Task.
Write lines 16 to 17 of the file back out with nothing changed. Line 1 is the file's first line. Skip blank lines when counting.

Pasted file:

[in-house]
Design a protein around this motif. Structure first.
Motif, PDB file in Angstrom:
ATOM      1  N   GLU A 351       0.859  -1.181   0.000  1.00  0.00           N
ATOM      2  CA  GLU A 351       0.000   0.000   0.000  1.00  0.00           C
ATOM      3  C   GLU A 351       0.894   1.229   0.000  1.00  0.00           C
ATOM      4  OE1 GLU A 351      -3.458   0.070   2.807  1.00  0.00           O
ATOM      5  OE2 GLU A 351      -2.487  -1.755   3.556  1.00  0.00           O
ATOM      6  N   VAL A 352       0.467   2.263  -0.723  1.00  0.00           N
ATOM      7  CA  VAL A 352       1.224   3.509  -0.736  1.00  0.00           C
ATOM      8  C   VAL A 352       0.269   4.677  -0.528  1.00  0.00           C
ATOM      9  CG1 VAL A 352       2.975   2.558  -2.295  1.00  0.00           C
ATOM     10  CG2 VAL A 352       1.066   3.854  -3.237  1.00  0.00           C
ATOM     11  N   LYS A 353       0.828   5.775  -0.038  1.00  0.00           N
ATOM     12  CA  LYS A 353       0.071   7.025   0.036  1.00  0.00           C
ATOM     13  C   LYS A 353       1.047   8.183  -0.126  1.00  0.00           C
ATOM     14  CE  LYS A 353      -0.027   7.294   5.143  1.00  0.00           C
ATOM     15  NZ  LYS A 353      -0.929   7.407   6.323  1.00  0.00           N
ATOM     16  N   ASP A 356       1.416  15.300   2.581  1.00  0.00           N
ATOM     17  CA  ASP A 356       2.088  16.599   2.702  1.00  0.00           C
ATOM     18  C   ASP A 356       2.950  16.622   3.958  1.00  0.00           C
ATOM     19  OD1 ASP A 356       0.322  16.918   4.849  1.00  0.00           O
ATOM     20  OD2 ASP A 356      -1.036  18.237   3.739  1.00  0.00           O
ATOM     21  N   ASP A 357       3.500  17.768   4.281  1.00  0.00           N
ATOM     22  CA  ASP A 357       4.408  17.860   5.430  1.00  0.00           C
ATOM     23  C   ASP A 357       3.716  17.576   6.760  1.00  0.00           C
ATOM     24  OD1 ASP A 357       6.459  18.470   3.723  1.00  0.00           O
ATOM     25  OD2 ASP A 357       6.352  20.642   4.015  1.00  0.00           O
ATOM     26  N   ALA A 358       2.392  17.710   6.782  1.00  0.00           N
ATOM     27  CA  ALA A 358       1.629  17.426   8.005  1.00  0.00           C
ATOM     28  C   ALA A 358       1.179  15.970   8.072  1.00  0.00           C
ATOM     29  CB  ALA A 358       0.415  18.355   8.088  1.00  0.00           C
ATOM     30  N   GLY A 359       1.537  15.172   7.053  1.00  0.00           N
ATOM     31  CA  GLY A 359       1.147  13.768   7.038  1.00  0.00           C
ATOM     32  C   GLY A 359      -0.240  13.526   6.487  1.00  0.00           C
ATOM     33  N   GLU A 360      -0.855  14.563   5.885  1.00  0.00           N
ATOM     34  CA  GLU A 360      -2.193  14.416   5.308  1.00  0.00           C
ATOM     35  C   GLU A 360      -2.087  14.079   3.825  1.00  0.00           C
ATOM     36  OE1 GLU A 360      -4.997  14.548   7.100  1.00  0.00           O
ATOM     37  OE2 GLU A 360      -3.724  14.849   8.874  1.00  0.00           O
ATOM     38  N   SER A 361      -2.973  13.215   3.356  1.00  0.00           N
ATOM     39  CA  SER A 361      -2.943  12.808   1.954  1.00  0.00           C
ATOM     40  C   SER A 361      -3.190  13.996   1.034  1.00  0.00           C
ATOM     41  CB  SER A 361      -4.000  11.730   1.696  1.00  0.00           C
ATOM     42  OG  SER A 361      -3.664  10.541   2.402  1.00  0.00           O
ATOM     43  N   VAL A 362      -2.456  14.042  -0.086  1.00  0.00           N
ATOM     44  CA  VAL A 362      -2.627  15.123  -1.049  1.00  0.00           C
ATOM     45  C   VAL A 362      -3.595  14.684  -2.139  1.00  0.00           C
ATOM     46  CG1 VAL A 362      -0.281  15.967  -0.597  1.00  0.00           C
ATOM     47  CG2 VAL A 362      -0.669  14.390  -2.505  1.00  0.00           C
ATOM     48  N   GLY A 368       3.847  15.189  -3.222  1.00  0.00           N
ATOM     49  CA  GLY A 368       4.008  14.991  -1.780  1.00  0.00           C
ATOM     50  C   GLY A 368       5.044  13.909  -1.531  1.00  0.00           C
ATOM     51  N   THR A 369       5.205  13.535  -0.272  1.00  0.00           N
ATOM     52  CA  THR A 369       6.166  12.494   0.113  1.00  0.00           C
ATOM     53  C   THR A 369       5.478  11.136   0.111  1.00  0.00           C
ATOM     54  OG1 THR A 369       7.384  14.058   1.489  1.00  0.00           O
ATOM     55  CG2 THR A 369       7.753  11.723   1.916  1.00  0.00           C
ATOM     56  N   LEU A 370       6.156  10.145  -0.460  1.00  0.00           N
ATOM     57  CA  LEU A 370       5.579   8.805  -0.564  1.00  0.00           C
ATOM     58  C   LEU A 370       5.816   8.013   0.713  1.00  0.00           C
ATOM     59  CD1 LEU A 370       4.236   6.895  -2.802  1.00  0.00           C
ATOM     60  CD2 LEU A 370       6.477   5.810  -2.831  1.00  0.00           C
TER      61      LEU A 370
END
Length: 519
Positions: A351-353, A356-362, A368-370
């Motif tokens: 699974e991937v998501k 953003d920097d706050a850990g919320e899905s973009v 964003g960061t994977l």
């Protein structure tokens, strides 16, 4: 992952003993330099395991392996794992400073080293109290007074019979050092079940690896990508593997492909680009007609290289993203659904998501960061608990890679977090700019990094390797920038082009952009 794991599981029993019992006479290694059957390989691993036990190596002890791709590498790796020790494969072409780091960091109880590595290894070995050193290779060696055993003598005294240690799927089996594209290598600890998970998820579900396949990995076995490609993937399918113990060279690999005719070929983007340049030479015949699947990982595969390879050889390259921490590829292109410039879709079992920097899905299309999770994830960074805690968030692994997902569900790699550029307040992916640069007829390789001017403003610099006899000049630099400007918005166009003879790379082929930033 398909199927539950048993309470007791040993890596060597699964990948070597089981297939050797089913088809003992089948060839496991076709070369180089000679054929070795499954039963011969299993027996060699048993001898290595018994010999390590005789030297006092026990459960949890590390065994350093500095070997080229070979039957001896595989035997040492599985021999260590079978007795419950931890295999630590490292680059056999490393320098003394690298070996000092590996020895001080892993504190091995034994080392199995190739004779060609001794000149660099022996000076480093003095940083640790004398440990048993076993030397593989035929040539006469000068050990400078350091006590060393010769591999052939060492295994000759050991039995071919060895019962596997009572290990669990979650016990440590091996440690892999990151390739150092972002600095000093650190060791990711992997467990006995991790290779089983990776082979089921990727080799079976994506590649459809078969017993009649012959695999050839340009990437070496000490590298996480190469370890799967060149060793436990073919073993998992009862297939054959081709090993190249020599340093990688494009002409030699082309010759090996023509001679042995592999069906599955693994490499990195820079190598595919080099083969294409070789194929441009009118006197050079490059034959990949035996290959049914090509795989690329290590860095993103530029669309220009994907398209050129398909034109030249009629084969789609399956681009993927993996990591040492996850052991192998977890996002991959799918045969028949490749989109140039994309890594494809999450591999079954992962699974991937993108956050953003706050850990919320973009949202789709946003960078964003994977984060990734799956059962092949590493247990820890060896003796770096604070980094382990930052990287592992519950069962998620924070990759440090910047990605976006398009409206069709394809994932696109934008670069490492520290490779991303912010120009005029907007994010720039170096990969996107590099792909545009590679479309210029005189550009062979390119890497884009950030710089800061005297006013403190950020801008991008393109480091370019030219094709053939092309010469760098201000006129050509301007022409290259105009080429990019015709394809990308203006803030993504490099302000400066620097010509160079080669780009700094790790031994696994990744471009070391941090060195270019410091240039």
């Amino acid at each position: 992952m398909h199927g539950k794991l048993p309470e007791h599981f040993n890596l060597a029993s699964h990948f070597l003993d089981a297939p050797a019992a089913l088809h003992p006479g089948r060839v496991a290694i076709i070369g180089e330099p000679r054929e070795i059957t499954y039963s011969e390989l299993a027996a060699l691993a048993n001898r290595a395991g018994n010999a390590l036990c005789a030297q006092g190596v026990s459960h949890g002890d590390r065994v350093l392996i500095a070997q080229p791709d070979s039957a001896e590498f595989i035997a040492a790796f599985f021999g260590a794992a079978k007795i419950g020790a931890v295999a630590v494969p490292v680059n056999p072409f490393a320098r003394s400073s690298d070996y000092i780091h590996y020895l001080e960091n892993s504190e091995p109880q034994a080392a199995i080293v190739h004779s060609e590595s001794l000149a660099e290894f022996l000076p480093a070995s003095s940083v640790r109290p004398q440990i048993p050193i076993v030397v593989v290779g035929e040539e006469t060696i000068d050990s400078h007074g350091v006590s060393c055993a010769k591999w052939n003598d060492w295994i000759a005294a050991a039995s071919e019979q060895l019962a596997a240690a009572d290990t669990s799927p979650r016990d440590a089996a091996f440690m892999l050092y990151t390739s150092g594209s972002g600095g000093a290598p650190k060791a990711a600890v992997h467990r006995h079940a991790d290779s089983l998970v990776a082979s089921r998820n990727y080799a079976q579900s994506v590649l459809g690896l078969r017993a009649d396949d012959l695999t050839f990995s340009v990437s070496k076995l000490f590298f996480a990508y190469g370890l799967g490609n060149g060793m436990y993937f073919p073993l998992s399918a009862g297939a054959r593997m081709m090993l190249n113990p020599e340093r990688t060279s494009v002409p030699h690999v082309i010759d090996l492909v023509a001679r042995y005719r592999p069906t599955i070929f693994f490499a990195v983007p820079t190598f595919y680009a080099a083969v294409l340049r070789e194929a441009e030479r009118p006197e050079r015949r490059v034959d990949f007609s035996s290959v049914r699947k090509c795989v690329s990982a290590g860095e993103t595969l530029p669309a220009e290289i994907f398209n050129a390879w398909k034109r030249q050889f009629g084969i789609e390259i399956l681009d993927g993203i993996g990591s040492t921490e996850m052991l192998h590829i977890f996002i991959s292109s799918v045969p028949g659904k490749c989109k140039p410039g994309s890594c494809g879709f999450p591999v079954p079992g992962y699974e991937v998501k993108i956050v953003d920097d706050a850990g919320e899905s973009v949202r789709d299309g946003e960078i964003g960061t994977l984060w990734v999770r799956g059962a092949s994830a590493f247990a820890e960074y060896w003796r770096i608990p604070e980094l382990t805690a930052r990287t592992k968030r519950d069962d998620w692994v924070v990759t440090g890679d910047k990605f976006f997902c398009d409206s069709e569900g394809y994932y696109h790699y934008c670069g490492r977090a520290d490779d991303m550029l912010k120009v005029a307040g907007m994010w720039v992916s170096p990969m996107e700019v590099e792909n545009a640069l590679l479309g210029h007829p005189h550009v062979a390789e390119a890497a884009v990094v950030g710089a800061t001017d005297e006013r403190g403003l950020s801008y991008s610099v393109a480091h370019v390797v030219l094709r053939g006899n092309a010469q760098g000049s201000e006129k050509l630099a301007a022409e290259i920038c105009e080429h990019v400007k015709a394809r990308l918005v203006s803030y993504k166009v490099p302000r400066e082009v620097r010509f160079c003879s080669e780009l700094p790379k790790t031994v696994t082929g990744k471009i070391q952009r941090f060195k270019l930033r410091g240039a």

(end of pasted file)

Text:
ATOM     13  C   LYS A 353       1.047   8.183  -0.126  1.00  0.00           C
ATOM     14  CE  LYS A 353      -0.027   7.294   5.143  1.00  0.00           C